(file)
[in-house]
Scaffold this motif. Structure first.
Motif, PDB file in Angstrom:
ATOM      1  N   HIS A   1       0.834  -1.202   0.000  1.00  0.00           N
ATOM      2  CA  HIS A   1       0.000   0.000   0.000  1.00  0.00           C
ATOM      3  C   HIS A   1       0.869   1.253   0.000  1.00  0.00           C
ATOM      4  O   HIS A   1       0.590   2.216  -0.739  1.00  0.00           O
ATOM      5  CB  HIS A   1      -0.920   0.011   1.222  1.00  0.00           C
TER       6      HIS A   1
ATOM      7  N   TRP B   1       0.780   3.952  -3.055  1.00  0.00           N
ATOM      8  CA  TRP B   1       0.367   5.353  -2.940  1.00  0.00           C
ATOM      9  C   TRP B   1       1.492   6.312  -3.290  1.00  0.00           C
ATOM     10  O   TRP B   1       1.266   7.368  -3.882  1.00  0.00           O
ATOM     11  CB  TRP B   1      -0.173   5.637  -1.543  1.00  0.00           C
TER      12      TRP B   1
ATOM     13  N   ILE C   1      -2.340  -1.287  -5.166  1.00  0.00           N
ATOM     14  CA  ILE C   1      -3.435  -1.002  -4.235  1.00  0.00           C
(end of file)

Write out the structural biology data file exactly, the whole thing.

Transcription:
[in-house]
Scaffold this motif. Structure first.
Motif, PDB file in Angstrom:
ATOM      1  N   HIS A   1       0.834  -1.202   0.000  1.00  0.00           N
ATOM      2  CA  HIS A   1       0.000   0.000   0.000  1.00  0.00           C
ATOM      3  C   HIS A   1       0.869   1.253   0.000  1.00  0.00           C
ATOM      4  O   HIS A   1       0.590   2.216  -0.739  1.00  0.00           O
ATOM      5  CB  HIS A   1      -0.920   0.011   1.222  1.00  0.00           C
TER       6      HIS A   1
ATOM      7  N   TRP B   1       0.780   3.952  -3.055  1.00  0.00           N
ATOM      8  CA  TRP B   1       0.367   5.353  -2.940  1.00  0.00           C
ATOM      9  C   TRP B   1       1.492   6.312  -3.290  1.00  0.00           C
ATOM     10  O   TRP B   1       1.266   7.368  -3.882  1.00  0.00           O
ATOM     11  CB  TRP B   1      -0.173   5.637  -1.543  1.00  0.00           C
TER      12      TRP B   1
ATOM     13  N   ILE C   1      -2.340  -1.287  -5.166  1.00  0.00           N
ATOM     14  CA  ILE C   1      -3.435  -1.002  -4.235  1.00  0.00           C